Holding our leaders and institutions to account is as American as apple pie. If done well, speaking truth to power is a reliable driver of our growth and progress as a people as it keeps officials honest. In short, accountability is an effective disinfectant – it makes our institutions strong, transparent, and trustworthy.
Of course, building faith in institutions is a big part of our mission at Civic Nebraska. This week, we were pleased to see Nebraska Secretary of State Bob Evnen meet head-on a series of specious allegations regarding Nebraska’s 2020 general election.
Evnen emailed a presentation to all 49 Nebraska state senators that unpacked – and flatly rejected – accusations by a group that has publicly and persistently insinuated there were widespread issues with the last election in our state.
We encourage you to examine the Secretary of State’s presentation here.
Among other things, Evnen’s office debunked claims by noting:
›› Several of the laws cited by critics don’t actually exist;
›› There is no factual basis to allegations that thousands of votes couldn’t be matched with registered voters; and
›› It’s untrue that Nebraska’s voting technology was untested, as critics alleged.
Most notably, the Secretary of State’s Office refuted a baseless claim that 4,001 votes cast in 2020 could not be linked to registered voters. This claim was publicly leveled during a recent hearing of the Government, Military, and Veterans Affairs Committee of the Nebraska Legislature.
Here’s the simple answer:
This whole discussion is difficult to watch for at least two reasons. First, this matter is something so easily disproved, and yet it persists because there’s a number (4,001) attached to the allegation that gives it just enough of a sense of authenticity to stick with those who are seeking a way to confirm their baked-in biases. And second, even though it involves a simple disconnect between different sets of data, instead of investigating that further, critics immediately pushed out a much different, much more sinister conclusion.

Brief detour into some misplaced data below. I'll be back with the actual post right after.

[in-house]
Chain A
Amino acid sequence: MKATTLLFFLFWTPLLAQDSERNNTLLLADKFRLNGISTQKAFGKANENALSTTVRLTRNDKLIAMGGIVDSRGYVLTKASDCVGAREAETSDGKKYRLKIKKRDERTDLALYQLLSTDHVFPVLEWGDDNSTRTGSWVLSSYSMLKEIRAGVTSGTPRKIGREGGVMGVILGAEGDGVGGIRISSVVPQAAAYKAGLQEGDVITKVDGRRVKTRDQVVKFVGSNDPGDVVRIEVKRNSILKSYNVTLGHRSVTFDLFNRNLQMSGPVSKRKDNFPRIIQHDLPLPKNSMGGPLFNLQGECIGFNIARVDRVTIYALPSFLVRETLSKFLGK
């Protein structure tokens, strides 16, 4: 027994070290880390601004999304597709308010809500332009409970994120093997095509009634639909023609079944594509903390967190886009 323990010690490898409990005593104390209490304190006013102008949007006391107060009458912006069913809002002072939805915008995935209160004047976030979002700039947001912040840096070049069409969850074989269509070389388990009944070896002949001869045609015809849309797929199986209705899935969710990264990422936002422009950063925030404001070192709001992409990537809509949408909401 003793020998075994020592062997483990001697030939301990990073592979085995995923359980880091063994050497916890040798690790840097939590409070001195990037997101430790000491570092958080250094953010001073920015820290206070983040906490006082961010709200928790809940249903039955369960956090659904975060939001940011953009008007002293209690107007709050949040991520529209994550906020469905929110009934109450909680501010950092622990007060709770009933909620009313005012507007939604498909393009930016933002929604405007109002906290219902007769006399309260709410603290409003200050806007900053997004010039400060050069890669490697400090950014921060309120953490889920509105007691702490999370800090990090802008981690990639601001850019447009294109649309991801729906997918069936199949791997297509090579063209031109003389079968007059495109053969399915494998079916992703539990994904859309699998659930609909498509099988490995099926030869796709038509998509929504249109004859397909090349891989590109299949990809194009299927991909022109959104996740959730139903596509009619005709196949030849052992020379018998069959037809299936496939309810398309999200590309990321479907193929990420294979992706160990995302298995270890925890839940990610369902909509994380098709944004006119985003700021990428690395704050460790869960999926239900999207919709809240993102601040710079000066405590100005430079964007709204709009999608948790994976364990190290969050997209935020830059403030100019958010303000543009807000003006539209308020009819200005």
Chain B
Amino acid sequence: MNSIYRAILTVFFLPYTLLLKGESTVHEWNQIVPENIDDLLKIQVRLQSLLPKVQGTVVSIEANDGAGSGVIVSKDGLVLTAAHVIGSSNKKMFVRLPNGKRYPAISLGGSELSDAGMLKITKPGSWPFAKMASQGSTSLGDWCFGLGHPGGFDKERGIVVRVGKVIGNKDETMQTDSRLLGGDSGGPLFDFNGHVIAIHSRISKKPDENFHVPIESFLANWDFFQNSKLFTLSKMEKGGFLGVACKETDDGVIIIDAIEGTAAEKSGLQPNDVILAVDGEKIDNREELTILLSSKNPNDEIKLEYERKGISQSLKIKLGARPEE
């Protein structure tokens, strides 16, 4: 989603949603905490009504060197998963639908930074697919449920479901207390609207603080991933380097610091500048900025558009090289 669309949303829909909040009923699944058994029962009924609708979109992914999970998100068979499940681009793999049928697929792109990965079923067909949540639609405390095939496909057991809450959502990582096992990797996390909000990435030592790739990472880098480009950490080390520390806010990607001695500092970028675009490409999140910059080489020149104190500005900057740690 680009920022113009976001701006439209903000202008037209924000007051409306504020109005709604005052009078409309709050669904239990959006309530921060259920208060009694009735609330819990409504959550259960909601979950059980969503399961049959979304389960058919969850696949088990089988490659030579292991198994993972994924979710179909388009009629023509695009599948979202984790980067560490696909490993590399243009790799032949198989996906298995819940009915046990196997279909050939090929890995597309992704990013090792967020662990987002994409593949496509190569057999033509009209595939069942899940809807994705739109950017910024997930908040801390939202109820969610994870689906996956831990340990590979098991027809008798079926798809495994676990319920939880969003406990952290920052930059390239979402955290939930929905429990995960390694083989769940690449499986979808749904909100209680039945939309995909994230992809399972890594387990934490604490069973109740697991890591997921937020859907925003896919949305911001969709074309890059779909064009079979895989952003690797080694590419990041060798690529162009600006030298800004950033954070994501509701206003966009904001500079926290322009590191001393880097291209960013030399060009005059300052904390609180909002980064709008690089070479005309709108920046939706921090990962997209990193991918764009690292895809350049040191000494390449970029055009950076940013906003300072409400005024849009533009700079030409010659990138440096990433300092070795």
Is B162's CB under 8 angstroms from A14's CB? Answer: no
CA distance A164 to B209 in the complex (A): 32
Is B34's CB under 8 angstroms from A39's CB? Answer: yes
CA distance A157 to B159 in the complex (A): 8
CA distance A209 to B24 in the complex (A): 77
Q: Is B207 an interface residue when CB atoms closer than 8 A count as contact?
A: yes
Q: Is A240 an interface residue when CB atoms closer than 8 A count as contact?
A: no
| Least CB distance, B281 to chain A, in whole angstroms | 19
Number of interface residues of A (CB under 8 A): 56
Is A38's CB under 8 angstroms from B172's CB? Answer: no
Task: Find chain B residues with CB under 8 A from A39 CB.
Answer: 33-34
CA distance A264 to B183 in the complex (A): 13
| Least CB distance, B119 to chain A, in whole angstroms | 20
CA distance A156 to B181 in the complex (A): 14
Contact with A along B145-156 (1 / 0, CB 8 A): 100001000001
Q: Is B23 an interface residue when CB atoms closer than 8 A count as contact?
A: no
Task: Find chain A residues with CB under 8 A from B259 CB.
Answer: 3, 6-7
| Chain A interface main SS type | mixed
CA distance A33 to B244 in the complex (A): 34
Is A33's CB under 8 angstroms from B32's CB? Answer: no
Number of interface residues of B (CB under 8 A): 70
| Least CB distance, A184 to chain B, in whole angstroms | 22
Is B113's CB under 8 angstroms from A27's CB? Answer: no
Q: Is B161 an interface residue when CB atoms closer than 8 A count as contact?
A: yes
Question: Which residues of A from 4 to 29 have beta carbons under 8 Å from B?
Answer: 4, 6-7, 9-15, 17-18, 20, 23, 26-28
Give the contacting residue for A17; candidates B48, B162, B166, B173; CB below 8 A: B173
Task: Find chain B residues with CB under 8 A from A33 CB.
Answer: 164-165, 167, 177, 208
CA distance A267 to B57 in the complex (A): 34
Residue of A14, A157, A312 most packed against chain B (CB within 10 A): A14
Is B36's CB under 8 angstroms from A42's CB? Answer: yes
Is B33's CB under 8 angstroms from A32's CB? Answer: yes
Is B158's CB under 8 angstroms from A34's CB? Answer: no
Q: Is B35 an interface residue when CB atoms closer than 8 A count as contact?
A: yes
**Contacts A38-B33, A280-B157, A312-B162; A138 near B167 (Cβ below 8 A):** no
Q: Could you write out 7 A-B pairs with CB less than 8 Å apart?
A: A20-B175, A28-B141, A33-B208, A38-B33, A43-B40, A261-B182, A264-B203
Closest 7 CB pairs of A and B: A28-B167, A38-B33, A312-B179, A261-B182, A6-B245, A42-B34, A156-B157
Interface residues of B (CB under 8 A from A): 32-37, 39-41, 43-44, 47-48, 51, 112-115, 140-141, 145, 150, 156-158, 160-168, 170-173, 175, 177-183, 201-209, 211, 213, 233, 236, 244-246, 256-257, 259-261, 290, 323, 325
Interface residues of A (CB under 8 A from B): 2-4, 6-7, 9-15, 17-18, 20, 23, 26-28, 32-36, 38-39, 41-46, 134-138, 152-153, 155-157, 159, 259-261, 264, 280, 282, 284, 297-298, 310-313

It’s getting old, isn’t it? Especially since this certainly won’t be the end of the business. In an interview this week with the Nebraska Examiner, Evnen said those perpetuating these allegations likely won’t be convinced by any number of facts. One can arrive at this conclusion simply by looking through the claims that the Secretary of State’s Office was compelled to address.
By the final slide, rational people can conclude that all of this “people-are-saying” and “we’re-just-asking-questions” noise is not about seeking or finding the truth. The goal seems to be to undermine our faith in the last election, which in turn plants the seeds of doubt about the next election. The longer play, of course, is to broadly undermine Nebraskans’ faith in our elections and our democratic institutions.
Like those who brought the debunked allegations, we understand that democracy works only because enough people believe democracy works. Parrying cynical untruths one by one is easy enough, if time-consuming – but the toxic presence of public lies is never something that active and engaged citizens should ever take lightly.
We applaud the Secretary of State’s Office for holding these public untruths up to the sunlight. Because, just like accountability, sunlight is a powerful disinfectant.